Identity theft can be a problem anywhere, but when you’re traveling it can be especially easy to fall victim. The likelihood that you lose your wallet or have an account hacked because you used an unsecured internet connection is higher when you’re traveling. So what can you do to protect yourself? Here are some tips from the Federal Trade Commission website:
- Keep your passwords private. Think of creative, strong passwords that include numbers and characters.
- Don’t overshare on social networking sites. If you post too much about yourself, an identity thief can use that information to answer “challenge” questions on your accounts and gain access to your money and personal information.
- Encrypt your data. Keep your browser secure. To guard your online transactions, use encryption software that scrambles information you send over the internet. A “lock” icon on the status bar of your internet browser means your information will be safe when it’s transmitted. Look for the lock before you send personal or financial information online.
- Know the Wi-Fi you are using. Before you send personal information over your laptop or smartphone on a public wireless network in a coffee shop, library, airport, hotel, or other public place, see if your information will be protected. If you use an encrypted website, it protects only the information you send to and from that site. If you use a secure wireless network, all the information you send on that network is protected.
- Avoid phishing emails. Don’t open files, click on links, or download programs sent by strangers. Opening a file from someone you don’t know could expose your system to a computer virus or spyware that captures your passwords or other information you type.
- Limit what you carry. When you go out, take only the identification, credit, and debit cards you need. Leave your Social Security card at home. Make a copy of your Medicare card and black out all but the last four digits on the copy. Carry the copy with you — unless you are going to use your card at the doctor’s office.
- Destroy the labels on prescription bottles before you throw them out. Don’t share your health plan information with anyone who offers free health services or products.
- Check your bank and credit card statements often. If someone has gained access to your financial accounts, this is the quickest way to discover the breach if your financial institution hasn’t found it already.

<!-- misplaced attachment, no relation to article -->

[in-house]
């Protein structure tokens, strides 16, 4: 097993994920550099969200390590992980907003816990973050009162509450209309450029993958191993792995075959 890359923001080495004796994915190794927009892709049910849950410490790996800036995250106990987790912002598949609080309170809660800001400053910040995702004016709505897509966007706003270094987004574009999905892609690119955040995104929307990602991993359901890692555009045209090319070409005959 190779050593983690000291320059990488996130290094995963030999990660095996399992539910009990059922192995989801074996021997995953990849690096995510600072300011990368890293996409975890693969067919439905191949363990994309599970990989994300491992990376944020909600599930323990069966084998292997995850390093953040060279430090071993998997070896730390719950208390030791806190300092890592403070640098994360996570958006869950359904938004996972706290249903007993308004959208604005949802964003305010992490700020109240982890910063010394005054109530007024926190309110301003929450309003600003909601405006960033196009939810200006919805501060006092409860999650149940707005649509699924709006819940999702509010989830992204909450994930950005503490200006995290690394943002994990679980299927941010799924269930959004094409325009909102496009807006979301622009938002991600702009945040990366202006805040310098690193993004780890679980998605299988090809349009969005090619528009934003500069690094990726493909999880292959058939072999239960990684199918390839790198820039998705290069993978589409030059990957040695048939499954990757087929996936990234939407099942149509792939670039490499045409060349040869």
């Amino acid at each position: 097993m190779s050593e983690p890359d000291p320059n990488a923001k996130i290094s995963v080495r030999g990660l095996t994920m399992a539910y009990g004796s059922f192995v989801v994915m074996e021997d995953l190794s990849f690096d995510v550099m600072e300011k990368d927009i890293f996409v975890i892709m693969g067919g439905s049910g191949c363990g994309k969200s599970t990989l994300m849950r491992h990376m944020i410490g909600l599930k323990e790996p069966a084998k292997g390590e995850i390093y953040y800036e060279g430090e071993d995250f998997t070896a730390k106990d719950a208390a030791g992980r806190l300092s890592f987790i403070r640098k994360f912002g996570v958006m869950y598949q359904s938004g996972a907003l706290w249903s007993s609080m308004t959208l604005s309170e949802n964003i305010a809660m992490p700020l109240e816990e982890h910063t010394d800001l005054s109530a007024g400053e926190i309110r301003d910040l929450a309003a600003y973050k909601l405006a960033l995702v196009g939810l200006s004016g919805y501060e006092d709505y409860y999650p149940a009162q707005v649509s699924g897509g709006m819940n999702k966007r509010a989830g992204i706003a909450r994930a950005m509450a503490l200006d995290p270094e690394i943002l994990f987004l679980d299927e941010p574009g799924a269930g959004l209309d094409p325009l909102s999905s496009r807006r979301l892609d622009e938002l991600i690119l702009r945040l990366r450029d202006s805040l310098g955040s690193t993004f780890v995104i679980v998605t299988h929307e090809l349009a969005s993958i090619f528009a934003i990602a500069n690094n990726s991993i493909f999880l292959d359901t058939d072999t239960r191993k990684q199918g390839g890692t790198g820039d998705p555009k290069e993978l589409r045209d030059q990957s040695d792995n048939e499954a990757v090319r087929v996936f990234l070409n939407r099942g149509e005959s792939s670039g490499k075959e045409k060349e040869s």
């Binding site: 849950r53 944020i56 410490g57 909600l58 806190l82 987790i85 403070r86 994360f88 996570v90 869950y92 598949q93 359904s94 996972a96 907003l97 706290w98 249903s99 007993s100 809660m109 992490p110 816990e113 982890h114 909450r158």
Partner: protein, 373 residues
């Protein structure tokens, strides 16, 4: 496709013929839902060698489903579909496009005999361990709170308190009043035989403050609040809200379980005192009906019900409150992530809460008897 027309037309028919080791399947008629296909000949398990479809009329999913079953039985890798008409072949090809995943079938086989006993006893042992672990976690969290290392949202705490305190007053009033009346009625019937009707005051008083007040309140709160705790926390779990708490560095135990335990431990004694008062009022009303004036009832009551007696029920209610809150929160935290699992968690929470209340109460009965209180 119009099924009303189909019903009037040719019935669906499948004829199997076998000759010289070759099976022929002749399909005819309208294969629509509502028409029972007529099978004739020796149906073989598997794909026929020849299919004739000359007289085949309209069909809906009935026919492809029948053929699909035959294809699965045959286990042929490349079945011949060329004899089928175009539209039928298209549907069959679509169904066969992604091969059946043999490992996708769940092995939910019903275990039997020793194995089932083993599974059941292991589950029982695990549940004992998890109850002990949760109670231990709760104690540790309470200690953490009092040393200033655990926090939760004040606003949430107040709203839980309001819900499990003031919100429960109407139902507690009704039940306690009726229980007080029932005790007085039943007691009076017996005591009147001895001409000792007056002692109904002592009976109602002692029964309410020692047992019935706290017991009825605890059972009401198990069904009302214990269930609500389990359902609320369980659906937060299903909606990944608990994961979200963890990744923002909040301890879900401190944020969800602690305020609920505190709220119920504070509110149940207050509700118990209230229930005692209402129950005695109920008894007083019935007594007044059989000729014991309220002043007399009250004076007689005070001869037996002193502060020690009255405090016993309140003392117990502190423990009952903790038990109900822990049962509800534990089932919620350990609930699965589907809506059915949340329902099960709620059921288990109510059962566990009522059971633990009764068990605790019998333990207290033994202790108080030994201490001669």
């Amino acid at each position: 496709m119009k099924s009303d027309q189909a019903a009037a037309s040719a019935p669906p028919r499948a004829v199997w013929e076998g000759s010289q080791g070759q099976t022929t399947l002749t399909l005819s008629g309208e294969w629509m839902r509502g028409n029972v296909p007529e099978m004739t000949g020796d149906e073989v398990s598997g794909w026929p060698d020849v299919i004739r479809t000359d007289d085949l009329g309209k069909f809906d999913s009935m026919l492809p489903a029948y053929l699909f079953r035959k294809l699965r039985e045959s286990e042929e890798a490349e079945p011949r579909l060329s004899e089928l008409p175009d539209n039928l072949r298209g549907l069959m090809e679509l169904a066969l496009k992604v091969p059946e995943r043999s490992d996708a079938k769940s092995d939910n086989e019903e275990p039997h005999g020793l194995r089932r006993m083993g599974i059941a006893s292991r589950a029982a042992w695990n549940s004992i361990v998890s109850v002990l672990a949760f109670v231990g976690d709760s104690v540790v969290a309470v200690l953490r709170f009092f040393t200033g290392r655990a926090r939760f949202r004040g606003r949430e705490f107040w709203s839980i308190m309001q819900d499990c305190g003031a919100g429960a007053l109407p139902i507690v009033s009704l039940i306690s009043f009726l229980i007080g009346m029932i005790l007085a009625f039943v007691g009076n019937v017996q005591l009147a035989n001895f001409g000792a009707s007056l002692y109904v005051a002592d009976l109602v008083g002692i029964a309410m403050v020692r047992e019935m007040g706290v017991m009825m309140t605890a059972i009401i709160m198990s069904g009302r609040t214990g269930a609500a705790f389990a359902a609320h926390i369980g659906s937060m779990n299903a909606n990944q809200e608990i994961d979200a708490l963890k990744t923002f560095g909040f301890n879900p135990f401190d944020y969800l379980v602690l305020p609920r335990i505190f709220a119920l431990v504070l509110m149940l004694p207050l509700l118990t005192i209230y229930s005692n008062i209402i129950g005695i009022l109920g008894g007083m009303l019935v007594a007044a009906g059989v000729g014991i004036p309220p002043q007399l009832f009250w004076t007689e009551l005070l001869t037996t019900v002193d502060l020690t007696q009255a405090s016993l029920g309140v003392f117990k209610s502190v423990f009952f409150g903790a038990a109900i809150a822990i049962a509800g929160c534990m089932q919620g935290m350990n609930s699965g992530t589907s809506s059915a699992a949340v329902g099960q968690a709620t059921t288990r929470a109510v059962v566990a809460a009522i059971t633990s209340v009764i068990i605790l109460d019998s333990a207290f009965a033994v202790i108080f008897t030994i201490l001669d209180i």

If your identity has been stolen, here are a few ways to minimize the damage and prevent future breaches:
- If your financial account has been hacked, contact the bank or credit card company to close down the account or card and request a new one.
- Change passwords, PINs, and if possible, usernames on compromised accounts.
- Put a Fraud Alert on your Credit Report Cards. A fraud alert puts a red flag on your credit report and notifies lenders and creditors that they should take extra steps to verify your identity before extending credit. To place a 90-day fraud alert on all three of your credit reports, you only need to contact one of the three credit reporting agencies (Experian, Equifax, or TransUnion). When you place the initial alert, they will automatically notify the other two agencies for you.
- File a police report. To complete the Identity Theft Report, you’ll need to contact your local law enforcement office and report the theft. Be sure to get a copy of the report and/or the report number.
- Get your free yearly credit reports from annualcreditreport.com. Check for any accounts or charges you don’t recognize.
- Don’t believe anyone who calls and says you’ll be arrested unless you pay for taxes or debt — even if they have part or all of your Social Security number, or they say they’re from the IRS. The IRS will always contact you in writing, never via phone call.
- Try to file your taxes early – before a scammer can. Tax Identity Theft happens when someone uses your Social Security number to get a tax refund or a job. Respond right away to letters from the IRS.
For more information on identity theft, visit the Federal Trade Commission website. Keep yourself safe this summer, and happy travels!